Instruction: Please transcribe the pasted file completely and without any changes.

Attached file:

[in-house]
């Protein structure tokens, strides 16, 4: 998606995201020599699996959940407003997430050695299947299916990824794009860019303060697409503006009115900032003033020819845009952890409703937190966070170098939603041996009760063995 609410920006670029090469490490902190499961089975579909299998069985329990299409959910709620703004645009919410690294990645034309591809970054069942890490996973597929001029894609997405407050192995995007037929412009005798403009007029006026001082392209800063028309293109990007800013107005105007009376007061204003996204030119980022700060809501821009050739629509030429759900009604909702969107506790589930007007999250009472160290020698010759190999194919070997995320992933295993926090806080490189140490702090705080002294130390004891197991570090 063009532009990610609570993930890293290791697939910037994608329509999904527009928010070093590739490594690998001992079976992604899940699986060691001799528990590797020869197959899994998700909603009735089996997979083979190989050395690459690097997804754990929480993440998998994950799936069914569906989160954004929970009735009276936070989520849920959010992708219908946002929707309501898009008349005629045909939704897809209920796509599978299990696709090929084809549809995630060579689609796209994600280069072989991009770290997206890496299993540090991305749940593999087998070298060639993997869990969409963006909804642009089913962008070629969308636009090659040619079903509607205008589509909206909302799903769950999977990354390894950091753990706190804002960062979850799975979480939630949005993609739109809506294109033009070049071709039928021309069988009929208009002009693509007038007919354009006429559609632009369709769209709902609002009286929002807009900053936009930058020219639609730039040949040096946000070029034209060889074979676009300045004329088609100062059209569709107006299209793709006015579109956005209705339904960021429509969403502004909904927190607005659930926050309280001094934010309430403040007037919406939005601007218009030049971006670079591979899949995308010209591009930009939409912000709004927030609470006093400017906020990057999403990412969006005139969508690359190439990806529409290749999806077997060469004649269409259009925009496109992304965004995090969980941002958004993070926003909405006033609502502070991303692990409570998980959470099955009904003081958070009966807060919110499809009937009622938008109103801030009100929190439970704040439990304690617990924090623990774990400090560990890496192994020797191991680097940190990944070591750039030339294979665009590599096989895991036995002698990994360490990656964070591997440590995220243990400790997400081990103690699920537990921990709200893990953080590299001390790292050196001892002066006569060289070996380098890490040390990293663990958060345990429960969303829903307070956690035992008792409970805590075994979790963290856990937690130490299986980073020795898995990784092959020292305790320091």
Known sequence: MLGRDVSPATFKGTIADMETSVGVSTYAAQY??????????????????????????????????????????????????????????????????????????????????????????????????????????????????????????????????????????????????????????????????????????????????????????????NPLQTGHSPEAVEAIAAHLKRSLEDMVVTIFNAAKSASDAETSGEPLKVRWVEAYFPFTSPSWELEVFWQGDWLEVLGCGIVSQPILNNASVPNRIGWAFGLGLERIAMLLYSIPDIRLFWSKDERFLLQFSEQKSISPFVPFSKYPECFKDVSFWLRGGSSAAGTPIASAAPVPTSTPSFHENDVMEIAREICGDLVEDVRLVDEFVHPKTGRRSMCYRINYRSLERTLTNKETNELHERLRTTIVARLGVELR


[in-house]
């Protein structure tokens, strides 16, 4: 998606995201020599699996959940407003997430050695299947299916990824794009860019303060697409503006009115900032003033020819845009952890409703937190966070170098939603041996009760063995 609410920006670029090469490490902190499961089975579909299998069985329990299409959910709620703004645009919410690294990645034309591809970054069942890490996973597929001029894609997405407050192995995007037929412009005798403009007029006026001082392209800063028309293109990007800013107005105007009376007061204003996204030119980022700060809501821009050739629509030429759900009604909702969107506790589930007007999250009472160290020698010759190999194919070997995320992933295993926090806080490189140490702090705080002294130390004891197991570090 063009532009990610609570993930890293290791697939910037994608329509999904527009928010070093590739490594690998001992079976992604899940699986060691001799528990590797020869197959899994998700909603009735089996997979083979190989050395690459690097997804754990929480993440998998994950799936069914569906989160954004929970009735009276936070989520849920959010992708219908946002929707309501898009008349005629045909939704897809209920796509599978299990696709090929084809549809995630060579689609796209994600280069072989991009770290997206890496299993540090991305749940593999087998070298060639993997869990969409963006909804642009089913962008070629969308636009090659040619079903509607205008589509909206909302799903769950999977990354390894950091753990706190804002960062979850799975979480939630949005993609739109809506294109033009070049071709039928021309069988009929208009002009693509007038007919354009006429559609632009369709769209709902609002009286929002807009900053936009930058020219639609730039040949040096946000070029034209060889074979676009300045004329088609100062059209569709107006299209793709006015579109956005209705339904960021429509969403502004909904927190607005659930926050309280001094934010309430403040007037919406939005601007218009030049971006670079591979899949995308010209591009930009939409912000709004927030609470006093400017906020990057999403990412969006005139969508690359190439990806529409290749999806077997060469004649269409259009925009496109992304965004995090969980941002958004993070926003909405006033609502502070991303692990409570998980959470099955009904003081958070009966807060919110499809009937009622938008109103801030009100929190439970704040439990304690617990924090623990774990400090560990890496192994020797191991680097940190990944070591750039030339294979665009590599096989895991036995002698990994360490990656964070591997440590995220243990400790997400081990103690699920537990921990709200893990953080590299001390790292050196001892002066006569060289070996380098890490040390990293663990958060345990429960969303829903307070956690035992008792409970805590075994979790963290856990937690130490299986980073020795898995990784092959020292305790320091």
Known sequence: MLGRDVSPATFKGTIADMETSVGVSTYAAQY??????????????????????????????????????????????????????????????????????????????????????????????????????????????????????????????????????????????????????????????????????????????????????????????NPLQTGHSPEAVEAIAAHLKRSLEDMVVTIFNAAKSASDAETSGEPLKVRWVEAYFPFTSPSWELEVFWQGDWLEVLGCGIVSQPILNNASVPNRIGWAFGLGLERIAMLLYSIPDIRLFWSKDERFLLQFSEQKSISPFVPFSKYPECFKDVSFWLRGGSSAAGTPIASAAPVPTSTPSFHENDVMEIAREICGDLVEDVRLVDEFVHPKTGRRSMCYRINYRSLERTLTNKETNELHERLRTTIVARLGVELR